The mining shares continue to struggle. At least they have managed to bounce a bit off the session lows for now – if they could manage to stay above 205 into the close it would be a psychological victory.. After managing to trade above the 50 day moving average, a significant bullish technical feat, both the HUI and the XAU have broken down below every single major moving average in the last week. The longer term moving averages are still moving lower in both indices but the 10 and 20 day are trending upwards which was a friendly signal. Today’s break below both of those shorter term moving averages means that the bulls choked and surrendered their advantage to the shorts. The longs must  stand their ground and do it quickly. All I can say is to repeat that so much hedge fund money is leaving the markets that nothing is safe until those idiots are finally run out of business. Good riddance to the sorry lot of them.

It looks as if OPEC is content to allow crude oil prices to decline below the $40 level – a level which I thought they would try to defend. So far, not a peep out of them which is quite remarkable. Given the horrendous payrolls number if they do not at least attempt to cut back production so as to mop up some of the extra supply on the market, $40 will come and go and they will then be debating about whether or not to try to keep the price above $30. By the way, you might as well kiss the noisy clamor for alternative energy markets such as ethanol and other “green” technologies bye-bye for a while. As gasoline prices drop to close to $1.00 gallon, one thing you will not hear is the voice of politicians screaming for us to burn our food supplies in the gas tank.

The bond bubble continues with yet another high in the long bond. The frontrunning by firms ahead of the Fed’s intentions to buy Treasuries to keep interest rates low, along with the usual “insane haven” play, has resulted in the bubble being blown even larger. I am sure that the clerks in the pit and the guys manning the digital decks are ready to quit this business and permanently retire after this week.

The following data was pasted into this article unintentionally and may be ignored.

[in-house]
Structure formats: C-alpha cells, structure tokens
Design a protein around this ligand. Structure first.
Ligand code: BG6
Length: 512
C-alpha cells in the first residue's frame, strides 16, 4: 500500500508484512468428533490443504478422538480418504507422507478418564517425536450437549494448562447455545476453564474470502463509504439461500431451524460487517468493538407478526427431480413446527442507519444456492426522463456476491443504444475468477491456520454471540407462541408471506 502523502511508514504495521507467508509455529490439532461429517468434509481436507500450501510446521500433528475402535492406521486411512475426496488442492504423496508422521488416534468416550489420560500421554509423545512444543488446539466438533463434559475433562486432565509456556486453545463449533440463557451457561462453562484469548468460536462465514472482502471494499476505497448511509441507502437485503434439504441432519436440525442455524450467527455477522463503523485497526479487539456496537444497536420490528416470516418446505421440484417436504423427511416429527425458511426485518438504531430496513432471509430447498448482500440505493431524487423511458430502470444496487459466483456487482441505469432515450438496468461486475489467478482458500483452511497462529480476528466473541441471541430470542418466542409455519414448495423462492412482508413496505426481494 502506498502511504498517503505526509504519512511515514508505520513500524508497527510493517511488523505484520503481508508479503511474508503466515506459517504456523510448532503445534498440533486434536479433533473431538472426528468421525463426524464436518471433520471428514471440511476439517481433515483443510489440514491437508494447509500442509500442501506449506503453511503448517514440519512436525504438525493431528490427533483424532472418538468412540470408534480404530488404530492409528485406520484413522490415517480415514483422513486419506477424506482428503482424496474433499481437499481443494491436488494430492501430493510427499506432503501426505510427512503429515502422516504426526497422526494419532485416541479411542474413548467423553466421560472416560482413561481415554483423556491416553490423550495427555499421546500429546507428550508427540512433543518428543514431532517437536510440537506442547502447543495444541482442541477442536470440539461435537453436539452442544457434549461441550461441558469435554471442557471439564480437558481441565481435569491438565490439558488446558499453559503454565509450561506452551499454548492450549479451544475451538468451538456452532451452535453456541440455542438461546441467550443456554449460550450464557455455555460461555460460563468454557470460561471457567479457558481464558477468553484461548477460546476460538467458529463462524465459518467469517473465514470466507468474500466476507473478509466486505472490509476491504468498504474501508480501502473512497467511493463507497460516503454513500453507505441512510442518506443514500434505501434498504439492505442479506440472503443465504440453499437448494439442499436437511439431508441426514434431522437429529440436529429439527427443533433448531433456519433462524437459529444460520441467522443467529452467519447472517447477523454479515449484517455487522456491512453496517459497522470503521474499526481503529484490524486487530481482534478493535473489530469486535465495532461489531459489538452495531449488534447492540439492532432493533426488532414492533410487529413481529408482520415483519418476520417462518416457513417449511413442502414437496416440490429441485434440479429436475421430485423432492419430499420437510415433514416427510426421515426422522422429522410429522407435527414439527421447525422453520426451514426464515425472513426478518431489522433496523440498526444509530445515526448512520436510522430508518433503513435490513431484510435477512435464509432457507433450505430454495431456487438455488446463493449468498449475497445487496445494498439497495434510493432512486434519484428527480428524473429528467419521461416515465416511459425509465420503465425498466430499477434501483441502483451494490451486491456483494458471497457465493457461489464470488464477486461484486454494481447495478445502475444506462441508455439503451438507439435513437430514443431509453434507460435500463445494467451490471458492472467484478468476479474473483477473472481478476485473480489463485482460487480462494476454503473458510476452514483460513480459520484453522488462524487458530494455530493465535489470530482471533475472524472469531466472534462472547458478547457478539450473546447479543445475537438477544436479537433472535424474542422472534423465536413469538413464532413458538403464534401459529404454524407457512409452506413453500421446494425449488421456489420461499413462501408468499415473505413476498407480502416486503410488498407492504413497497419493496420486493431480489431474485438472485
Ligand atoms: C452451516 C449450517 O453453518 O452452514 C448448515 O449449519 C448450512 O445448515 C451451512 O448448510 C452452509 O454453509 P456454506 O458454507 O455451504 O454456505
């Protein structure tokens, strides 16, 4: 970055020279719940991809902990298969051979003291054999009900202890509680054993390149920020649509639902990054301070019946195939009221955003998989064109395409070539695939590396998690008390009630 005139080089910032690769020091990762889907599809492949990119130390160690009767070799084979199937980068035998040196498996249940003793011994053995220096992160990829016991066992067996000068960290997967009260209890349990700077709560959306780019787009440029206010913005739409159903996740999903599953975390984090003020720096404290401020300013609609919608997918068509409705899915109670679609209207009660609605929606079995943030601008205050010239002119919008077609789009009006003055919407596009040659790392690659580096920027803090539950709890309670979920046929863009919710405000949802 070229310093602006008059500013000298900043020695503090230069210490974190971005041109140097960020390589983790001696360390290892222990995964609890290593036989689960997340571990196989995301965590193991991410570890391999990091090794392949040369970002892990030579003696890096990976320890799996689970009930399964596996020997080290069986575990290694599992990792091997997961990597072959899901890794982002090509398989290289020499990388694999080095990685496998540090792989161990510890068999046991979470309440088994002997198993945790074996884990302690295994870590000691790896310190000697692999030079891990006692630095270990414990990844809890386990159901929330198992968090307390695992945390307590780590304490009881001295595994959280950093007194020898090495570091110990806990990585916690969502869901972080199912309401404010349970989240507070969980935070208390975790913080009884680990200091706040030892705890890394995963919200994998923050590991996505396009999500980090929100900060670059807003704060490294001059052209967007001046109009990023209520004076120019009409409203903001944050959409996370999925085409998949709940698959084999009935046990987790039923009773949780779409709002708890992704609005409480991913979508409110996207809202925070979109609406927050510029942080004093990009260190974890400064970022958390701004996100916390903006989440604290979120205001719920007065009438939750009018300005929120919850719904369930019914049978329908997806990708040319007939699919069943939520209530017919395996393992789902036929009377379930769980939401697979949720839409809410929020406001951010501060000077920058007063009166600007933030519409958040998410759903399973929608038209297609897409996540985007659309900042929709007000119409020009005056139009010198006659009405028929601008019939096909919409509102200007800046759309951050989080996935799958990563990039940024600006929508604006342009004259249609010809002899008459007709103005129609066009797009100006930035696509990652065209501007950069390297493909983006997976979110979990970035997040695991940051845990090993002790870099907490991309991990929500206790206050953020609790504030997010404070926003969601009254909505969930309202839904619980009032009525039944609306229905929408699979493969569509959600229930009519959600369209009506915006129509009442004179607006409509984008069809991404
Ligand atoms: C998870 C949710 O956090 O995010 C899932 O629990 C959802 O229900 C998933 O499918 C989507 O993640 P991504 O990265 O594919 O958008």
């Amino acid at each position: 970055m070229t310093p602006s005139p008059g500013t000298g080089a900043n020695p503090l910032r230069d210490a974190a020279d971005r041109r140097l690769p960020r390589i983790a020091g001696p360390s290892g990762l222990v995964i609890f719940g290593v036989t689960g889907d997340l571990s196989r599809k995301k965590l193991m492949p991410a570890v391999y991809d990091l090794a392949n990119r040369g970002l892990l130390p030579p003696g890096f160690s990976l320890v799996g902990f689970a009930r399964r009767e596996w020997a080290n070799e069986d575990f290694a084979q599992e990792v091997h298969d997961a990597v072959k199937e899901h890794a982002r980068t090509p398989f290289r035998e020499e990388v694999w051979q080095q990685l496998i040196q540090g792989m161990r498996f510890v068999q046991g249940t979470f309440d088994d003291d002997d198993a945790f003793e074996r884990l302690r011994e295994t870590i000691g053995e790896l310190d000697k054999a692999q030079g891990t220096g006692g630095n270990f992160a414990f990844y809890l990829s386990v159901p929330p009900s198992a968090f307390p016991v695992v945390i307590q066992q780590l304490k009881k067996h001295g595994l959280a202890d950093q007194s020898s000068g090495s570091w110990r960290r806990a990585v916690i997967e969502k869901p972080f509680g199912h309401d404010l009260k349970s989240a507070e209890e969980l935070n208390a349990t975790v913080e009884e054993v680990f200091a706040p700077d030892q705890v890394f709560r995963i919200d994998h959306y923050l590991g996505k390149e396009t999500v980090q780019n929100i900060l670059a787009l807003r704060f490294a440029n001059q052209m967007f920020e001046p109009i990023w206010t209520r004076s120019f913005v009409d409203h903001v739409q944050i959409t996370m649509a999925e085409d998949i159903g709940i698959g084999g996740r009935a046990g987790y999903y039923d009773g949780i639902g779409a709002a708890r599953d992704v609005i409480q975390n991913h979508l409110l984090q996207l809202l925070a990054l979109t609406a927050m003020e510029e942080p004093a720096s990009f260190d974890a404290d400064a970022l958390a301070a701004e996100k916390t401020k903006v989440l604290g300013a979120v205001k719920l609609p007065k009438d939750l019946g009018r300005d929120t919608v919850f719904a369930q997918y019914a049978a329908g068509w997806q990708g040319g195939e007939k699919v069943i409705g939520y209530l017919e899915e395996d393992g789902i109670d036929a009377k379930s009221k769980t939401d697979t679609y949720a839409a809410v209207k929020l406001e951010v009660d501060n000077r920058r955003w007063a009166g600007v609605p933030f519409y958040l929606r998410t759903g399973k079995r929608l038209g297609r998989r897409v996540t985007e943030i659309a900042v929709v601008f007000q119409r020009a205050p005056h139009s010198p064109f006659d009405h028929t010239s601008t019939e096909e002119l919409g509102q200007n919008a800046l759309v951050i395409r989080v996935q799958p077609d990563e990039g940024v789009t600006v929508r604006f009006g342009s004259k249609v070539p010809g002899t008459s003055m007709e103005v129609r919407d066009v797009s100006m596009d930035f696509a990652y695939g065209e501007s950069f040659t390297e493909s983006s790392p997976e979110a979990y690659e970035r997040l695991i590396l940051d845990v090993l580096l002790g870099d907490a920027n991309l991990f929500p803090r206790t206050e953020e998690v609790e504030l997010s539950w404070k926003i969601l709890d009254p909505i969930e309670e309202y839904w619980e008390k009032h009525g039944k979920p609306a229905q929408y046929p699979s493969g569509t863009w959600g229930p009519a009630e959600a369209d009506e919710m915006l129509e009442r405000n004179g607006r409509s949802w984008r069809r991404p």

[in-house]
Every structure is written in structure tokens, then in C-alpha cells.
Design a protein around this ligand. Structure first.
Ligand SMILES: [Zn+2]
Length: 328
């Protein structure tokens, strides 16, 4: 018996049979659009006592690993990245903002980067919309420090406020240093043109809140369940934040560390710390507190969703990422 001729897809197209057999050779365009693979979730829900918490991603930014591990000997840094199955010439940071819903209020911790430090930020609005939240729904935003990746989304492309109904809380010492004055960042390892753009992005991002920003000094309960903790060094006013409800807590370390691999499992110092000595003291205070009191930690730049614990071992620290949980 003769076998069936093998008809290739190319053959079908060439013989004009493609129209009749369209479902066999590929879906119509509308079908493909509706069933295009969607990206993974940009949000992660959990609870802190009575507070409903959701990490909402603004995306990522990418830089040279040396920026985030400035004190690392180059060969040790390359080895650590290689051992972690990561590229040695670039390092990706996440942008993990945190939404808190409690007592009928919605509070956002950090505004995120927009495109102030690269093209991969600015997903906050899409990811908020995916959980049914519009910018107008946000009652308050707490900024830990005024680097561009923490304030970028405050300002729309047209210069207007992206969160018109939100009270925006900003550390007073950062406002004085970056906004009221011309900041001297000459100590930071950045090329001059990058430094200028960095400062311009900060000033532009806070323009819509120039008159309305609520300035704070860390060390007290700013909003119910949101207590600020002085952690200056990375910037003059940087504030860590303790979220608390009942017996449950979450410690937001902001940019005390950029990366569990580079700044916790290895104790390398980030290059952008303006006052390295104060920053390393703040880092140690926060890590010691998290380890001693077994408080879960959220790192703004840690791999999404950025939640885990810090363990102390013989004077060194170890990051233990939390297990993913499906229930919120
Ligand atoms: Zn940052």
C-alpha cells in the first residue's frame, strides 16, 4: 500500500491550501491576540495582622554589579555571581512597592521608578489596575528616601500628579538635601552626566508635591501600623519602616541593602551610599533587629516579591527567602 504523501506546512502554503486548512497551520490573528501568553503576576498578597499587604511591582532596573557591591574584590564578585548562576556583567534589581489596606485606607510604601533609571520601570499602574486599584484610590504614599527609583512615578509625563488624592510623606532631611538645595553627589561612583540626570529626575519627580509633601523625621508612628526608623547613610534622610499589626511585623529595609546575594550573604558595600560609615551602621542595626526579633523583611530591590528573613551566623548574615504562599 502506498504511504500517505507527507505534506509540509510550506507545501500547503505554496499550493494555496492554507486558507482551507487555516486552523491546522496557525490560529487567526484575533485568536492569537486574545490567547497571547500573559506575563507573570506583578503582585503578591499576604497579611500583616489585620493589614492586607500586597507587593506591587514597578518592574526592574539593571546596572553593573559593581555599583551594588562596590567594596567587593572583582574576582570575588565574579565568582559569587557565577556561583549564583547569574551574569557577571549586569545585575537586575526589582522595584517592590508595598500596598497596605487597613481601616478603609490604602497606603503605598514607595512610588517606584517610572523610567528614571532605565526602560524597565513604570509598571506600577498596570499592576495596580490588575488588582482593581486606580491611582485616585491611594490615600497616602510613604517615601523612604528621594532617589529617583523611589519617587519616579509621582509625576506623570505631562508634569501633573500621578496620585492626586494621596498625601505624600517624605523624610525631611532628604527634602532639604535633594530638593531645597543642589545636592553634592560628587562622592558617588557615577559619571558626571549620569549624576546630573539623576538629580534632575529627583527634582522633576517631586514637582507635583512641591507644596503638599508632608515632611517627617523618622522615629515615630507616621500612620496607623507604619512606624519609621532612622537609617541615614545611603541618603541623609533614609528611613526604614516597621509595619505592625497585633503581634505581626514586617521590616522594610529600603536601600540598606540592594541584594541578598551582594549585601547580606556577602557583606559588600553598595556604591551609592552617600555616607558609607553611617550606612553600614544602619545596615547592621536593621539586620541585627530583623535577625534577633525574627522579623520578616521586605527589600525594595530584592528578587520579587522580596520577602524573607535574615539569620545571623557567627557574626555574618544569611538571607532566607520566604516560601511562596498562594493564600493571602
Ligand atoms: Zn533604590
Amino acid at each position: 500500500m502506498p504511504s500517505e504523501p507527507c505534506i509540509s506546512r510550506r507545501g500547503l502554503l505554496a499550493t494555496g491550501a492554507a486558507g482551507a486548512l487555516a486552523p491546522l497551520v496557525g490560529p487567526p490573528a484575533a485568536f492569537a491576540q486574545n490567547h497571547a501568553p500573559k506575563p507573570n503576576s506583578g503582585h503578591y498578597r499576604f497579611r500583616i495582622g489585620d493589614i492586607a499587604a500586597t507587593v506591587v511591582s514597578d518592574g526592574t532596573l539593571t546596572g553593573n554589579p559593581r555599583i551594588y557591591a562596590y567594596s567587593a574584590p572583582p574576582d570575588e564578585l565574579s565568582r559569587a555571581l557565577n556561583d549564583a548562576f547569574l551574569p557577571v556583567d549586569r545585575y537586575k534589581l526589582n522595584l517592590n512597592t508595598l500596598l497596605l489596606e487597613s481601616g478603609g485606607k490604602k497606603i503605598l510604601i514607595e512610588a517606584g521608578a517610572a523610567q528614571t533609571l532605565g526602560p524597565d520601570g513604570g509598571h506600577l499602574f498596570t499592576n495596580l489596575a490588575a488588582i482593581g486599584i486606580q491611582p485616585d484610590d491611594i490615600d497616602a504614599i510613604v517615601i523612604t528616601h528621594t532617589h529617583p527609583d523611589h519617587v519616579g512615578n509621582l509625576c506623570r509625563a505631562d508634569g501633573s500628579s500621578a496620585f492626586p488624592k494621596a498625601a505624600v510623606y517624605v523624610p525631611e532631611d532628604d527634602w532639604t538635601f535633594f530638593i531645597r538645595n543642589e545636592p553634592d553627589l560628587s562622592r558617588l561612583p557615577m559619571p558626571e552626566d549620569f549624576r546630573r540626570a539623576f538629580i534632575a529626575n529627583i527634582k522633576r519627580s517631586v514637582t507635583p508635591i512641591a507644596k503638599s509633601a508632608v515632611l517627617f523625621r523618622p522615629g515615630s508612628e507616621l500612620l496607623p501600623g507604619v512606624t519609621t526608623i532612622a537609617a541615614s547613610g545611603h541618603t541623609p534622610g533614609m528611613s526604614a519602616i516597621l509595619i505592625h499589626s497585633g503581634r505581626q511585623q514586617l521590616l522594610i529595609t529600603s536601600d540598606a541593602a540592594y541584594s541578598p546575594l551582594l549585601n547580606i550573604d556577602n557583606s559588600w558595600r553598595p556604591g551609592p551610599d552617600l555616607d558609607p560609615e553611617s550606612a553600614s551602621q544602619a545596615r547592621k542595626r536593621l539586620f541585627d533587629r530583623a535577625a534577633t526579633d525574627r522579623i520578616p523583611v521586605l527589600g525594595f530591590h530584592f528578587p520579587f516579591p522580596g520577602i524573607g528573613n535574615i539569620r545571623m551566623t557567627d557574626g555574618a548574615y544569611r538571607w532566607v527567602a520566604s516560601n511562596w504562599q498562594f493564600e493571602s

The yields on Treasuries of shorter dated maturities are comical. I suggested last week that investors buy brass, gunpowder and reloading equipment. This week add to that some Wii’s and the game cartridges that go with them. You can sell those on Ebay and make more money than the stinking ridiculous bottomless abyss  of a Treasury will ever pay you. Better yet, let’s hire some lobbyists to represent us and head to Washington and demand a bailout of $200,000 per family. After all, if we the good ol’ consumer, won’t buy, what’s the point of sending all this money to the banks, the auto industry and only heaven knows who else they plan on donating to. Just imagine all the pent up demand that would be unleashed. Why we are at all, just scrap the entire tax system and declare a year tax holiday. That would surely get things going. After all the government doesn’t need any damn revenue anyway. They can just keep printing more IOU’s and called them a “treasury”.

Click chart to enlarge today’s action in Gold as of 12:30pm CDT with commentary from Trader Dan Norcini